IN the 19th century, English working class radicals drew on Scripture as much as politics. The close links between rebellion and religion were the theme of the 2018 Luddite Memorial Lecture at the University of Huddersfield.
It included a detailed analysis of the life and sermonising of The Rev’d Joseph Rayner Stephens – who went as far as arguing that if wages were too low then the Commandment “Thou Shalt Not Steal” no longer applied – and there was also an examination of the Democratic Chapels and the special compiled hymn books of the Chartist movement, which agitated for electoral reform and came close to violent insurrection.
“This close relationship between religion and politics is something that those of us used to a rather more secular society might find both unfamiliar and perhaps a little disconcerting,” said the lecturer, Dr Mike Sanders, of the University of Manchester.
He opened with examples of how religion was inseparable from politics and protest at the period. For example, when Luddites stood on the scaffold at York Castle in 1813, they joined together in the hymn “Behold the Saviour of Mankind” before their executions.
At the core of Dr Sanders’s lecture – titled Revolutionary Sermons, Democratic Chapels and Rebellious Hymnals: Religion in the Chartist Movement – was his exploration of J.R. Stephens, a former Methodist minister whose violent speeches and sermons led to his arrest for sedition and an 18-month jail term. He was based in the Lancashire town of Ashton-under-Lyne – a hotbed of Chartism.
Between his arrest in 1838 and his trial a year later, Stephens was on bail and delivered a series of 13 sermons that were published as The Political Preacher and The Political Pulpit.
“He presents political action as the necessary outcome of Christian faith and uses Biblical analogies to explain and analyse the economic, social and political condition of the working classes,” said Dr Sanders.
He explored Stephens’s use of Scripture to create his vision of a just social order. For example, the plight of the industrial workers of the North of England in 1830s was compared unfavourably to that of the Israelites in Egypt in the Book of Exodus, while Genesis provided arguments that working men were entitled to wages that would provide a pleasant life for them and their families.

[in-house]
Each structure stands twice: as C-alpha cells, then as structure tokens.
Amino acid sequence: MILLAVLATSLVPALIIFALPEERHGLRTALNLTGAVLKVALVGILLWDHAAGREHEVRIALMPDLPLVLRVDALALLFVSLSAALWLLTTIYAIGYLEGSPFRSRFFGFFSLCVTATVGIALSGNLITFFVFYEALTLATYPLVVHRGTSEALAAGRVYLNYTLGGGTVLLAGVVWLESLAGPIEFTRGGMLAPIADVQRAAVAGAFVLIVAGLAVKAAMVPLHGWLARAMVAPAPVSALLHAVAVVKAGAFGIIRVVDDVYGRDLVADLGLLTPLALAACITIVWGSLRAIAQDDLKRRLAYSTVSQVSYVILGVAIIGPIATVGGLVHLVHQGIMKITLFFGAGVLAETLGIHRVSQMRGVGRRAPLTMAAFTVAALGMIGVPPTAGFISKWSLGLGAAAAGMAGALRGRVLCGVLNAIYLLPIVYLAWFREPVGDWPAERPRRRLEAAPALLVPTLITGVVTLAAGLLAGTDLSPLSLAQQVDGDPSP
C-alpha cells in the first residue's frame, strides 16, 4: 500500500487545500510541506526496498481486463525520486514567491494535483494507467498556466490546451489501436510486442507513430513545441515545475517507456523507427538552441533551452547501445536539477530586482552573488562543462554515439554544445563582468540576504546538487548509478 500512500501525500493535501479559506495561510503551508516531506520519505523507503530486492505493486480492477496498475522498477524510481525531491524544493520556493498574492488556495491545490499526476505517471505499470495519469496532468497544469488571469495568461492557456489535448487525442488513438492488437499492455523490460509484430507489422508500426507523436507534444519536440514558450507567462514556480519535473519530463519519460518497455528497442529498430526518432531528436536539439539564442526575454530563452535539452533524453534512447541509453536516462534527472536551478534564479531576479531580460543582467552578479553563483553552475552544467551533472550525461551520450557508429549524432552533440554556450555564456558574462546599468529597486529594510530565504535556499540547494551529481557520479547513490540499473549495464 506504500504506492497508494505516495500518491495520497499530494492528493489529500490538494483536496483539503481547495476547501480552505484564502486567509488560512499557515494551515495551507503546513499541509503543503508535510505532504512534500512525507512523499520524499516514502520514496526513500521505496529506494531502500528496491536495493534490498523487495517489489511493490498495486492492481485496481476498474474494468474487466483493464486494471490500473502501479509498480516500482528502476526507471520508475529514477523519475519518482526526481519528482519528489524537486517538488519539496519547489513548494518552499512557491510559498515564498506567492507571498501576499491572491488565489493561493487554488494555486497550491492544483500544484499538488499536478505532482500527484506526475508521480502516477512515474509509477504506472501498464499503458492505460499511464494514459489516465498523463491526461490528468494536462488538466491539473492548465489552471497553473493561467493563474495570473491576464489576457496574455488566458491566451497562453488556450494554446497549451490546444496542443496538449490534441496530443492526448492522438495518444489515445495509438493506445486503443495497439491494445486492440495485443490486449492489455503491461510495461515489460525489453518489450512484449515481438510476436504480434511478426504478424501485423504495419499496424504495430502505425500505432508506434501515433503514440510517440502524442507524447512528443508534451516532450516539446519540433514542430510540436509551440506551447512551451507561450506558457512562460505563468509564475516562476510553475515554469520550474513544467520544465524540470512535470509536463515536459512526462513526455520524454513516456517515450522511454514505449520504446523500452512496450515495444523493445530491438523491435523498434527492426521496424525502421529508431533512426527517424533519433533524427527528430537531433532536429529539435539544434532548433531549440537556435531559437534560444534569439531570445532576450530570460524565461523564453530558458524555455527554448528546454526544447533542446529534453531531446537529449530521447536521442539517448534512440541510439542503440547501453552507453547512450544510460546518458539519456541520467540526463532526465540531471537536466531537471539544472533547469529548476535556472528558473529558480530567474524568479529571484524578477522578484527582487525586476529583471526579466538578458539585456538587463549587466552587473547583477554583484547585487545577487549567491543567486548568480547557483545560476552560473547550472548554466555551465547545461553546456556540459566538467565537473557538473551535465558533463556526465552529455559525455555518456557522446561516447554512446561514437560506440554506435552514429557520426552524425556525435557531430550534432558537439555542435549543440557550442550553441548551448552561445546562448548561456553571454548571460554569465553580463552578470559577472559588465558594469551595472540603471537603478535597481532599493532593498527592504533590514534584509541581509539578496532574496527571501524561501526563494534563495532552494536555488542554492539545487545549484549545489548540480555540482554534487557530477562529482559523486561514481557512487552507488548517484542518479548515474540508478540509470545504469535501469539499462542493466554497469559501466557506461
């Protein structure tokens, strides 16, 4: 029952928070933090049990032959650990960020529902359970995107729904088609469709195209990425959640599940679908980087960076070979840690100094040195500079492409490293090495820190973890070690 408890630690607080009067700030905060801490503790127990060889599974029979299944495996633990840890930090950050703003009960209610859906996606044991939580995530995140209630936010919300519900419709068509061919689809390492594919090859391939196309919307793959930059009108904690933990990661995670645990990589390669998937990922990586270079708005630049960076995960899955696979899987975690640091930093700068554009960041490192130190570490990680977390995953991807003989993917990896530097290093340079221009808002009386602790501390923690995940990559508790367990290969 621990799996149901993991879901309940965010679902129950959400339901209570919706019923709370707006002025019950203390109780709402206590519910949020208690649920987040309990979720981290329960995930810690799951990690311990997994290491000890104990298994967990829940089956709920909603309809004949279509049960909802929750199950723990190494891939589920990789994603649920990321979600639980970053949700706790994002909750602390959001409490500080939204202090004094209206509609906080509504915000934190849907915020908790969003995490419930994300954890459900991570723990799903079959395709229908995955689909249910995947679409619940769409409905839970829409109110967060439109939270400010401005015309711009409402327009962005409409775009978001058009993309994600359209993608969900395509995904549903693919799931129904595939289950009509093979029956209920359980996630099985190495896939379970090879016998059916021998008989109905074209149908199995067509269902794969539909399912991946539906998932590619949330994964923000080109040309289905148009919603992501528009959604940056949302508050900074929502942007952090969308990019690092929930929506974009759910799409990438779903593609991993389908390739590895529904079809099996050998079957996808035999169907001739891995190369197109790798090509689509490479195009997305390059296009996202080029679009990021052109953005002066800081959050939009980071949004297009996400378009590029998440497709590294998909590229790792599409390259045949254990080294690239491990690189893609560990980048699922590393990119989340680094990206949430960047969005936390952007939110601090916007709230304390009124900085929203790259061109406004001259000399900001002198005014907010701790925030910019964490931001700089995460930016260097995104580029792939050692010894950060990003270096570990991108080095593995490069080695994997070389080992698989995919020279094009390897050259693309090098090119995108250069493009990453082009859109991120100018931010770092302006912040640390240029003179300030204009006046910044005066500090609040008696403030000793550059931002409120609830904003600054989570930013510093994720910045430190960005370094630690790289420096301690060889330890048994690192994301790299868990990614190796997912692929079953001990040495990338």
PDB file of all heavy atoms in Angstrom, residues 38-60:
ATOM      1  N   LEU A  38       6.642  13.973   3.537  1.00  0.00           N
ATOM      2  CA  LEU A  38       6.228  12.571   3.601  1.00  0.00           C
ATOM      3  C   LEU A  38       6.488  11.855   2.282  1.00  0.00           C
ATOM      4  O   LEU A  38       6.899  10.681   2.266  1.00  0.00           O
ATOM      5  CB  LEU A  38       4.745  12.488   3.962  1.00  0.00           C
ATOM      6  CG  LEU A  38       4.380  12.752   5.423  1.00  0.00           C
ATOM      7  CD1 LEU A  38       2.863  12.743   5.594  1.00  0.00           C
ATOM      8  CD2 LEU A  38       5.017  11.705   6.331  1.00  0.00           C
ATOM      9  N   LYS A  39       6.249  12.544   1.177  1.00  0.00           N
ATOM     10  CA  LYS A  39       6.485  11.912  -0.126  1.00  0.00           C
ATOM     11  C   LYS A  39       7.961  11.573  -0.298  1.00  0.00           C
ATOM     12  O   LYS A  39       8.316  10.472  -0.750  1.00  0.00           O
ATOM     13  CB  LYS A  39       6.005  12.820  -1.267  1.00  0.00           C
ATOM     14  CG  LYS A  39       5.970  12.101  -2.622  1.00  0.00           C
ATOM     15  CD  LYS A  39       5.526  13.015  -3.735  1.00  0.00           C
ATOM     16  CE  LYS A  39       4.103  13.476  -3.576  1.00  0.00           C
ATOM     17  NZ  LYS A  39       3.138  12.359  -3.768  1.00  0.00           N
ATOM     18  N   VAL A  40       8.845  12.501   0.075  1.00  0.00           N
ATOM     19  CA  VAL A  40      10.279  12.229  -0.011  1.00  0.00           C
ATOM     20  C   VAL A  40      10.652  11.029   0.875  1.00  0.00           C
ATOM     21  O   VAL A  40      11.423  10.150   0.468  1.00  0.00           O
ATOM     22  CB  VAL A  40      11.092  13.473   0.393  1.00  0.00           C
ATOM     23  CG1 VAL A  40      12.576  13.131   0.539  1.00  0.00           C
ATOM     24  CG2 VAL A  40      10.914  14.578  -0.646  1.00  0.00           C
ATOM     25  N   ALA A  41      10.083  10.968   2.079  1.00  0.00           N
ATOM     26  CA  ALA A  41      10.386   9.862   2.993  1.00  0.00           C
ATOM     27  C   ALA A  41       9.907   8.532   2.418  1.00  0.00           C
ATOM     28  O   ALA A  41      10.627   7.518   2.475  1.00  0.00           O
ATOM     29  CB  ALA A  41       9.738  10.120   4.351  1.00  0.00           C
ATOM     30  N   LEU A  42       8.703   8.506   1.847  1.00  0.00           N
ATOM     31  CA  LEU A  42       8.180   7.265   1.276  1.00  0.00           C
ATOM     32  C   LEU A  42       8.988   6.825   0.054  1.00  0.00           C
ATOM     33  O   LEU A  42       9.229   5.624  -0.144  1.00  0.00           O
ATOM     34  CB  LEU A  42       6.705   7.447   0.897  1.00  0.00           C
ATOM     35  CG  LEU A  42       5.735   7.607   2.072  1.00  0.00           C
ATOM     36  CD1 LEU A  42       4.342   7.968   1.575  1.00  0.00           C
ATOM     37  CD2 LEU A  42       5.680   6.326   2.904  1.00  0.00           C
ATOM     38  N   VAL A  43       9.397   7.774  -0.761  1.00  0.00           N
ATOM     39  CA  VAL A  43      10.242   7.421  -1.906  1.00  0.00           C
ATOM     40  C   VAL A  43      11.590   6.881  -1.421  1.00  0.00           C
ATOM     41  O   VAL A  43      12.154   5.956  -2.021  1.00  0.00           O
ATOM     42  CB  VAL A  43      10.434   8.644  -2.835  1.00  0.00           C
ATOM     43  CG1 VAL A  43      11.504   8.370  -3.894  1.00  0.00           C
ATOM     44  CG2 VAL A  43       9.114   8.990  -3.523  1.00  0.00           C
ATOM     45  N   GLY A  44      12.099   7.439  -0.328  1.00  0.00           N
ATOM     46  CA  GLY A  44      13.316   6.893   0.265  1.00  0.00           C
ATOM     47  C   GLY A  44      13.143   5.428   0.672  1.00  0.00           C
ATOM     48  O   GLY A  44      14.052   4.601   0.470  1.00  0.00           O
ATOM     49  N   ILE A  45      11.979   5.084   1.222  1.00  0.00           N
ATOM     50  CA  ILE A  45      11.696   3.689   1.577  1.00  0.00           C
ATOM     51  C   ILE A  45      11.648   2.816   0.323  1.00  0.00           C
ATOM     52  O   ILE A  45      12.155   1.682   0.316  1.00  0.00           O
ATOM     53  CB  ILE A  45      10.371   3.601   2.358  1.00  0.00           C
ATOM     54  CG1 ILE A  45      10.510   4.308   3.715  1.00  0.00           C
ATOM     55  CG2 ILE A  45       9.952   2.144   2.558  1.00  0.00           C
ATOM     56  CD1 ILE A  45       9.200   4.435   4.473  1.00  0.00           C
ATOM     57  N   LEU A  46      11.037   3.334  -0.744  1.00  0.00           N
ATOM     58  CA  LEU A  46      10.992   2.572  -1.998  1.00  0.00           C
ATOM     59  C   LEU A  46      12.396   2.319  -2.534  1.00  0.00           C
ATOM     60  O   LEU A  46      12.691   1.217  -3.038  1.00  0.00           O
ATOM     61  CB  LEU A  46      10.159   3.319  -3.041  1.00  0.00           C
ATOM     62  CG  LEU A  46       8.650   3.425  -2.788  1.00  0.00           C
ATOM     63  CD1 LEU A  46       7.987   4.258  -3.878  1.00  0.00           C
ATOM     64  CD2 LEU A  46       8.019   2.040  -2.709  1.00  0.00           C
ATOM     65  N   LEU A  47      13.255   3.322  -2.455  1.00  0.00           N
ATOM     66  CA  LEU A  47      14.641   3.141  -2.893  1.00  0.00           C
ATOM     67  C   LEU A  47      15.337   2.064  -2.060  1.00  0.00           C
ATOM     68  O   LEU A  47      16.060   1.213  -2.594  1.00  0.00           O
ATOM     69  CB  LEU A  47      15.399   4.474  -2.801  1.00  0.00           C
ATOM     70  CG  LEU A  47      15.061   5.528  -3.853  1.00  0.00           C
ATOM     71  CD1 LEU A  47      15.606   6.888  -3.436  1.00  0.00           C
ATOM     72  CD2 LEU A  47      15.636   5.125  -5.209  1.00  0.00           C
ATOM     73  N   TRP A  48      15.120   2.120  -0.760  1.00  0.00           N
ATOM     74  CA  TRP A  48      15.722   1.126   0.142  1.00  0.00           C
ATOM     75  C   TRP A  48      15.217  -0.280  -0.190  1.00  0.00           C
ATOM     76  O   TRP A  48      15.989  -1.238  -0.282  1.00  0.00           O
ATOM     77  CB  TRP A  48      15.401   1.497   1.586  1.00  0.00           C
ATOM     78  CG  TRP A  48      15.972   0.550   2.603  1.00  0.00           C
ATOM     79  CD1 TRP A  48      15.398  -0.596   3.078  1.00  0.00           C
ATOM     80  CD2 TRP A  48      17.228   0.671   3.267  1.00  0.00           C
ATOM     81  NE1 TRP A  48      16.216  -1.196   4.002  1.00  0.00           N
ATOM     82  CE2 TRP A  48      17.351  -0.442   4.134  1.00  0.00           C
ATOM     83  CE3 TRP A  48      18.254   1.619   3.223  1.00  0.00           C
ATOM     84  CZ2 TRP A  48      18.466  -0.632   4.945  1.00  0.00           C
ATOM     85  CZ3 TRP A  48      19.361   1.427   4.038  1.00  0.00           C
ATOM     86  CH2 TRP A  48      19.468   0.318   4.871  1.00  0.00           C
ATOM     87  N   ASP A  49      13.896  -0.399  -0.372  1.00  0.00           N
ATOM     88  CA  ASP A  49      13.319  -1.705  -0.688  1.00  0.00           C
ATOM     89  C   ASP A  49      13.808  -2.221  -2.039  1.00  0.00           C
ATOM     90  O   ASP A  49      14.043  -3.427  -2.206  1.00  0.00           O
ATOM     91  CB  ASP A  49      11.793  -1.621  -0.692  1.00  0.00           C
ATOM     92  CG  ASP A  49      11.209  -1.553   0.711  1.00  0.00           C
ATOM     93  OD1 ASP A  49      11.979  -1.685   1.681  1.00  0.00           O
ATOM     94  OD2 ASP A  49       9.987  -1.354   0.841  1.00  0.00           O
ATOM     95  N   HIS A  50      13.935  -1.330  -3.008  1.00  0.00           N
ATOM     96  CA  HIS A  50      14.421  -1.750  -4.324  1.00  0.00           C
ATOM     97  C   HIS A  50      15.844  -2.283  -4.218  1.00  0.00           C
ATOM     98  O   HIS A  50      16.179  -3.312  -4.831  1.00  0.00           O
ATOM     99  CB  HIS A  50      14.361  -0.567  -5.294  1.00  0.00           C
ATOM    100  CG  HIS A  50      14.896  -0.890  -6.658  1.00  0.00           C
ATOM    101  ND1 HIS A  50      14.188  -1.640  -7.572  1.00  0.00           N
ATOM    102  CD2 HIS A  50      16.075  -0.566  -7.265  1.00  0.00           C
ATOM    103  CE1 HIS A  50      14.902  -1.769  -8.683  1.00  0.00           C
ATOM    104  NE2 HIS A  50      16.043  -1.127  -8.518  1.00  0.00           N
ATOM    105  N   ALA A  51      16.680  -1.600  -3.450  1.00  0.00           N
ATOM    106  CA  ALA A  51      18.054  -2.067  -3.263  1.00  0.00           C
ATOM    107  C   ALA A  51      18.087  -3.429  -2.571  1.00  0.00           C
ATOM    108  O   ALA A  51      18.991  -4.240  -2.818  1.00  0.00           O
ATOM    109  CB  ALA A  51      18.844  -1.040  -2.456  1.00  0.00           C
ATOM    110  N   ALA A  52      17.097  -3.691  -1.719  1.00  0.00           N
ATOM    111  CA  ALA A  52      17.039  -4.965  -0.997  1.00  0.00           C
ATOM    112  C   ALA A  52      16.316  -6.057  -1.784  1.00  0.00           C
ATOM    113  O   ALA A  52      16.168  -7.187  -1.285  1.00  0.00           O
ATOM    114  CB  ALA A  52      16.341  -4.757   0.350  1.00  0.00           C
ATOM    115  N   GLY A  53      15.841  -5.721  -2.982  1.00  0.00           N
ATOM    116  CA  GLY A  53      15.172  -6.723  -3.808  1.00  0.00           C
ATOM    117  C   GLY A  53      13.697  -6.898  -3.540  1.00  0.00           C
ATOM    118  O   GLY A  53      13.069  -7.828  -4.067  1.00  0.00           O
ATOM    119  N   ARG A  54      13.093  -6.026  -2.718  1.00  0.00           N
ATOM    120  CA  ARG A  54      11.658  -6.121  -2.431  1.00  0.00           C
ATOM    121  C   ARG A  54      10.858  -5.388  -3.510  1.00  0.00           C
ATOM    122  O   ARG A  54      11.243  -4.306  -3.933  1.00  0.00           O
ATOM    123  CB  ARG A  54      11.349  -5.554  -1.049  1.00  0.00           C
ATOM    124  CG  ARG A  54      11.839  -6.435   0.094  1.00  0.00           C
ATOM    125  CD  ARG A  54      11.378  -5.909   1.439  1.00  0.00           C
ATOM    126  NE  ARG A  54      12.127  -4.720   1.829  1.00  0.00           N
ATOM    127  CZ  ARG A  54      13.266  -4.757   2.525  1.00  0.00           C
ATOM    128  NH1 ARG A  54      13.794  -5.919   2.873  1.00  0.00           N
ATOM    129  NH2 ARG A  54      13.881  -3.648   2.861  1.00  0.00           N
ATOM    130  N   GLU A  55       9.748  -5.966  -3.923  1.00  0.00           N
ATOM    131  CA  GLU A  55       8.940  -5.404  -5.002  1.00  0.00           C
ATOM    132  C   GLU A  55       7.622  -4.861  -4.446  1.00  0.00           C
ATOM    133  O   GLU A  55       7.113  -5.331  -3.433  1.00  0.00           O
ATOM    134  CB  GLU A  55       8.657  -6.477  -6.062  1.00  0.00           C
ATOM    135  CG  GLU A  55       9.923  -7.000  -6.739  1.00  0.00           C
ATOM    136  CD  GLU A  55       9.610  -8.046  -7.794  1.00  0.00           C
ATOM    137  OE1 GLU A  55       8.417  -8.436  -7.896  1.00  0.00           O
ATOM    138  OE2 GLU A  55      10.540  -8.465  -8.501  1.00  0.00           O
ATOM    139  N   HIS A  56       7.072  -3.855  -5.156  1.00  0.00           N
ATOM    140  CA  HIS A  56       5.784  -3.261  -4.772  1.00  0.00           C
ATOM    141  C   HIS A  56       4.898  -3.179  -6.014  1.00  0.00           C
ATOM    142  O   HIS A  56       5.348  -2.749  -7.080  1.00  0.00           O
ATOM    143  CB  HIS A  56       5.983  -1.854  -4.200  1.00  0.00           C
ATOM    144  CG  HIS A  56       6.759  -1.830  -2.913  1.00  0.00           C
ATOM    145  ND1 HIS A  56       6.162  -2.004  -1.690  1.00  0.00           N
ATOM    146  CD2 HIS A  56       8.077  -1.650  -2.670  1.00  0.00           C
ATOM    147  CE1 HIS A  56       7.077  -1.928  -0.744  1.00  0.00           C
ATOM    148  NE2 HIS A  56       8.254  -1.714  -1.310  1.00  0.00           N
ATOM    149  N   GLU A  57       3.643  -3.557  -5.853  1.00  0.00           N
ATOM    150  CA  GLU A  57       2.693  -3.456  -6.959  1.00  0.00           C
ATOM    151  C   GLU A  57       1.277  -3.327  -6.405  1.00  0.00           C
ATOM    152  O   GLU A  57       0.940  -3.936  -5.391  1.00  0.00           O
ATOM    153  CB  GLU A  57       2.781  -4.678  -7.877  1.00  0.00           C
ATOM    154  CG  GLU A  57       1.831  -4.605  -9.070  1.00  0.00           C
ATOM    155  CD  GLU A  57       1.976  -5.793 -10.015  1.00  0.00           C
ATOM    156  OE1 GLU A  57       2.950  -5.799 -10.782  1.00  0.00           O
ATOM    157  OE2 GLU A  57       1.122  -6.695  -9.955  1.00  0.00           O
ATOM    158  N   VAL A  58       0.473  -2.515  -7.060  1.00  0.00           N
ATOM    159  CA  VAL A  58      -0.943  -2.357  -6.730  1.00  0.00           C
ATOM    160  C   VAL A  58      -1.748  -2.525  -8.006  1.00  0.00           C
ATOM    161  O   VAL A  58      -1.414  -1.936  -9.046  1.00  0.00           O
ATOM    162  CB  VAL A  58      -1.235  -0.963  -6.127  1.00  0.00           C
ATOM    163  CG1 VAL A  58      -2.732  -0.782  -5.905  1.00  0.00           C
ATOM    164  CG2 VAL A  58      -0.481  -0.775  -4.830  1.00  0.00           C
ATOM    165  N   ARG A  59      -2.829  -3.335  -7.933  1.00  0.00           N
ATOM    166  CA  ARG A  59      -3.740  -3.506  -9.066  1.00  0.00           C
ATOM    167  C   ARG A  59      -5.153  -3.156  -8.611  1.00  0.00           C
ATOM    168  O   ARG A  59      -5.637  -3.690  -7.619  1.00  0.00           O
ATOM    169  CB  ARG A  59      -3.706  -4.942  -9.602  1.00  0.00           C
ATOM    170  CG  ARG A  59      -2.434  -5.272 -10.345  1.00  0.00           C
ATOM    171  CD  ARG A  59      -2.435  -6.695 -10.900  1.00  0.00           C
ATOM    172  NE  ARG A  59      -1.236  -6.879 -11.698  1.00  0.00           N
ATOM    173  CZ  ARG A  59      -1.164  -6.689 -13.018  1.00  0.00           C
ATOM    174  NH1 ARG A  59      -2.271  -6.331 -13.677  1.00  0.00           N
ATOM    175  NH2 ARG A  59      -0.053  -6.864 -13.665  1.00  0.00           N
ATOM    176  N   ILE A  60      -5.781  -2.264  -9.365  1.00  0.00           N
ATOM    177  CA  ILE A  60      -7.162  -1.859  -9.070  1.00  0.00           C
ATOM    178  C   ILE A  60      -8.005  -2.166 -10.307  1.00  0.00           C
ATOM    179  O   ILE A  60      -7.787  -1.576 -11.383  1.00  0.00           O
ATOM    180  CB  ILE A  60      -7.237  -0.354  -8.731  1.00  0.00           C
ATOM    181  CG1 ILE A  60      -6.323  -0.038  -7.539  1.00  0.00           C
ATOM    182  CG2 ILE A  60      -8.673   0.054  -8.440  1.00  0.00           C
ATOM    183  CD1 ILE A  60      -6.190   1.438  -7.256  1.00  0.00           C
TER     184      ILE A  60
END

“The affirmation of a right to reasonable comfort must have sounded pleasantly in the ears of those who received endless lectures on the supposed iron laws of economics which meant that wages must inevitably tend towards the level of subsistence,” said Dr Sanders.
“Stephens goes further still and argues that in a society where labour does not guarantee domestic security, then the commandment against theft becomes void.”
The preacher believed that Britain had become a hopelessly corrupt society and was therefore ripe for destruction by a wrathful God, and he also used martial imagery in his sermons, suggesting that violent confrontation between oppressors and oppressed was inevitable – this at a time when some Chartists were contemplating the use of physical force.
But although he coined the slogan “For children and wife we’ll water the knife”, Stephens then seemed to pull back from advocating violence, suggesting that the working classes should be more patient in awaiting deliverance. Dr Sanders described this as a “fatal ambivalence” in Stephens’s preaching.
“He insists that oppression must end and affirms the right of armed resistance but also insists that the time for fighting, though close, has not yet arrived.
“This might be seen as attempt to restrain his supporters from a potentially disastrous course of action or more cynically as his attempt to row back from his earlier invocations of violent uprising while still trying to maintain the favour of the crowd.”
Dr Sanders went on to describe his ongoing research into the network of Democratic Chapels established by the Chartists and also the contents and the language of the movement’s hymn books, of which a fragile example survives in Todmorden. Hymns had titles such as God Will Avenge Oppression and Spread The Charter Through The Land.
Dr Sanders also noted that Chartist hymns made little mention of the afterlife and avoided the first person pronouns that were common in conventional 19th century hymns, suggesting that they were more concerned with creating a collective religion than individual religious experiences.
The lecture was the fifth in an annual series organised jointly by the University of Huddersfield and Huddersfield Local History Society. Dr Sanders was introduced by the Deputy Vice-Chancellor of the University, Professor Tim Thornton, and thanked by Cyril Pearce, who is Chair of the Society. He also invited questions from the audience that enabled Dr Sanders to offer more thoughts on the beliefs of The Rev’d Joseph Rayner Stephens.